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combat illegal entry and illegal working. These measures should deter those who attempt to pursue unfounded asylum applications in the United Kingdom.
Tony Worthington: To ask the Secretary of State for the Home Department if he plans to establish an independent documentation centre to provide information about countries from which people have fled. 
Angela Eagle: We have commissioned an evaluation of the content and accessibility of country information in the asylum process. This evaluation includes an assessment of whether the information provided by the Country Information Policy Unit, including the country assessments, meets the needs of its users. The finalised report will provide systematic, additional evidence on which to base decisions as to whether any further mechanisms might prove useful, and enable us to reach a decision on the need for an independent documentation centre.
Tony Worthington: To ask the Secretary of State for the Home Department if the Nationality, Immigration and Asylum Bill will allow families with children who are seeking asylum to be detained at the beginning of the asylum process.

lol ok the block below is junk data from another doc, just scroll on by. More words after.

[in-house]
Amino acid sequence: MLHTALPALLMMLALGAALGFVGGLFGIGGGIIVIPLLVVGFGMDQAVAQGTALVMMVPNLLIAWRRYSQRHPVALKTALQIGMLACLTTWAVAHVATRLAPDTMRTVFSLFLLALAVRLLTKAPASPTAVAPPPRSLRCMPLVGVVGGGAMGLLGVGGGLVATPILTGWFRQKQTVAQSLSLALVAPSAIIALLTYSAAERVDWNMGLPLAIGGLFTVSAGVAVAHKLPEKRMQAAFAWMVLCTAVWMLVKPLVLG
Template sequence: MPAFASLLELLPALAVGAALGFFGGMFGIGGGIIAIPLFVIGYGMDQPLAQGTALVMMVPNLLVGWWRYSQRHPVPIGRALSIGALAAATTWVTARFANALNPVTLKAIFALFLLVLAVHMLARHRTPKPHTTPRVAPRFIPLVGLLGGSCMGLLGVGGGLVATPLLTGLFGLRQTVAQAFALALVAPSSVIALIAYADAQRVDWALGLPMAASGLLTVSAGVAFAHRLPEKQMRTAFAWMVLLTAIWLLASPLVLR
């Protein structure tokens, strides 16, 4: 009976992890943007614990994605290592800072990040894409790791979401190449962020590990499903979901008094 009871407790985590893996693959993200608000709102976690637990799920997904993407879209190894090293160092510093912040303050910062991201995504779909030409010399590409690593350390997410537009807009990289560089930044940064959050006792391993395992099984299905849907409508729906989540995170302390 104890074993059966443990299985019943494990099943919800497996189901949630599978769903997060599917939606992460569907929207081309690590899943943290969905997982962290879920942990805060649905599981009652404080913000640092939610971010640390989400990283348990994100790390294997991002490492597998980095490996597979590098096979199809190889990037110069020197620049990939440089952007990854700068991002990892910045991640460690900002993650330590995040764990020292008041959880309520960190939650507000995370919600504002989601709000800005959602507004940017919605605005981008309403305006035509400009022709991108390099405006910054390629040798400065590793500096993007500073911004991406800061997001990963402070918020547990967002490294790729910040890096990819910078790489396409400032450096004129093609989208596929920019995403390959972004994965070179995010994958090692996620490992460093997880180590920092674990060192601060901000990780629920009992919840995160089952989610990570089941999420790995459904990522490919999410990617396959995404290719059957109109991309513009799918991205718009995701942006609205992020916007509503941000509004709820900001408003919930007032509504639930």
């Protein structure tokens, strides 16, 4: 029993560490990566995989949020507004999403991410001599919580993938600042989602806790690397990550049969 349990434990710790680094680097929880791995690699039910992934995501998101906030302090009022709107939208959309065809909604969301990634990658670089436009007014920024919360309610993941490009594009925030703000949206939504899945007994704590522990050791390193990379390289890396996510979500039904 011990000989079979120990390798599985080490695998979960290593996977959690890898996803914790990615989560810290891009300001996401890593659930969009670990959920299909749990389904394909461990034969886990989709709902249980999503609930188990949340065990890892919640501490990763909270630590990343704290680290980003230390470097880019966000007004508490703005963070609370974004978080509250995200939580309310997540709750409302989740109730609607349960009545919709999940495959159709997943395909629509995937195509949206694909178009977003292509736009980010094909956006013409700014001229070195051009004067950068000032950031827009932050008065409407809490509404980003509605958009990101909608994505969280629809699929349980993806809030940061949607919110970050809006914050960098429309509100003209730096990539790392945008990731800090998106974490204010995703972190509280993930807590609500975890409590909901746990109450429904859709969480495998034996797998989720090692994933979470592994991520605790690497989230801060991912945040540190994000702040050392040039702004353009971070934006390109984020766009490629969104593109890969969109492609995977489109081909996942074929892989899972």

Angela Eagle: The Nationality, Immigration and Asylum Bill makes no change to the policy with regard to the detention of asylum seeking families. The policy for the detention of families is detailed in the White Paper "Secure Borders, Safe Haven" which makes it clear that families may, when appropriate, be detained while their identities and basis of claim are established, or because there is a reasonable belief they would abscond, or as part of the fast-track asylum process at Oakington Reception Centre, or to effect their removal.
Angela Eagle [holding answer 20 May 2002]: There are no statistics on the number of asylum seekers who have returned to London following dispersal to another area of the country. Nor are statistics available on those accepted as refugees or granted exceptional leave to remain (ELR) who, in both cases, are free to live where ever they like. The National Asylum Support Services (NASS) cannot require asylum seekers to remain in the accommodation provided. If they choose to leave the accommodation they can seek to alter their support package from subsistence and accommodation to subsistence only. Generally speaking asylum seekers are not provided with accommodation in London. The Home Office is currently reviewing the extent of and reasons for
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asylum seekers leaving their dispersal accommodation. The results will be made available as soon as possible following the completion of the project.